Ask former baseball great Darryl Strawberry about baseball, football or any other sport, and you won't get an answer.
"I don't care about sports, period," Strawberry said. "I don't follow anything outside of what my kids might be doing. ... I am no longer that person. I left that a long time ago. (Playing baseball) is not what I am. It is what I loved."
Instead, what you'll get from Strawberry is a story of success and struggles — of God and sobriety.
Strawberry had it all in 17 seasons, mostly with the Mets and Yankees, where he hit 335 home runs and 1,000 RBIs — and lost it all because of substance abuse and other vices.
And that's what people will hear at 11 a.m. today during a luncheon today at the Charles Wright Museum of African American History. The event will benefit Team Mental Health Services of Dearborn.
Strawberry, 52, was addicted to life as a star.
He was rookie of the year in 1983, won three World Series titles with the Yankees (1996, 1998 and 1999), one with the Mets (1986) and made eight All-Star teams.
But his nights were filled with drugs, alcohol, women and fast cars. He was charged with soliciting a prostitute, filing false police reports and fleeing house arrest. He also was suspended by baseball in 1995 for using cocaine,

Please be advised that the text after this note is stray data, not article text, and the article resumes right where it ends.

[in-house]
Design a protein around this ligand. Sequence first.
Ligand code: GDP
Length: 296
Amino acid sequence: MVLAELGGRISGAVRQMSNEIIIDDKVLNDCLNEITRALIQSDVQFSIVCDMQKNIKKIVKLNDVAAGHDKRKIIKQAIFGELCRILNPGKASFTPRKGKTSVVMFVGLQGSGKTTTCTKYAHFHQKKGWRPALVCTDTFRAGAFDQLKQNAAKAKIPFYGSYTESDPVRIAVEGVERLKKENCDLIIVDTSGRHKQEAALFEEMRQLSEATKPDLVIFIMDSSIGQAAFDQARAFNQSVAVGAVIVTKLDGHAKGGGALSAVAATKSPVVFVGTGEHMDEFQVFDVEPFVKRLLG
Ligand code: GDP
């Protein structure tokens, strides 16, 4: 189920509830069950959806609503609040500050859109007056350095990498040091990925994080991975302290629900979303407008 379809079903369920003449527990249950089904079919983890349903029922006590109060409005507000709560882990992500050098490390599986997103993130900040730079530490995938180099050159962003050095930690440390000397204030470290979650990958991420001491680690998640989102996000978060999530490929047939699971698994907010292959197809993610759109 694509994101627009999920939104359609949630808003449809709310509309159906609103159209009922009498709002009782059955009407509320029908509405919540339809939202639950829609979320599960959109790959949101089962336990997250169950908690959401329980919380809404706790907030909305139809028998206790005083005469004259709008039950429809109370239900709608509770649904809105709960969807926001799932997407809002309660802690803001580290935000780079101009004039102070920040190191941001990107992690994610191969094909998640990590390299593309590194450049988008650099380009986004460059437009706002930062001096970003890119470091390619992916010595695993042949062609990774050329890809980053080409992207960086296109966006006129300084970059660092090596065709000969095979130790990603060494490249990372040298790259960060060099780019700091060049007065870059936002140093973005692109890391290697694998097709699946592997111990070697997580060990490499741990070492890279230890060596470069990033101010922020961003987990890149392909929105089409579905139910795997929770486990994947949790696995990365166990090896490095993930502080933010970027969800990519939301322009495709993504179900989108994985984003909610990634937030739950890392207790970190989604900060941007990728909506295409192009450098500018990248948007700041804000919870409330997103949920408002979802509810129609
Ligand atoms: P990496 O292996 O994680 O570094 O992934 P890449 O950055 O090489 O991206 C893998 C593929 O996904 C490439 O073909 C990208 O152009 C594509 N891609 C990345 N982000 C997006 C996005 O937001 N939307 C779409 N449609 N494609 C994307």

And then he hit rock bottom. Strawberry stuck a needle into his arm to inject heroin.
"I was suffering because of my surroundings, and I did not allow God to be the center of my life," said Strawberry, a St. Louis area minister. "Most people that do not cross over and get the addiction out of their lives have to surrender. You have to surrender to get control of your life."
Strawberry, however, didn't get complete control of his life until he married his third wife, Tracy.
"I have been transformed through my faith in Christ," said Strawberry, who runs the Strawberry Ministry in St. Louis with his wife. "I am living an entirely different life. During my days of playing baseball I didn't worry about anything. Everybody said yes to you. I'm no longer living that life. I don't surround myself with women, drugs, bars, none of that.
"My life, the last 10 years with the ministry, my wife and bringing restoration into my life has been fantastic. It has made my life whole and restored."
Inaugural Recovery Conference
When: 11 a.m. today, Charles Wright Museum of African American History, Detroit
Sponsor: Team Mental Health Services and Team Wellness Center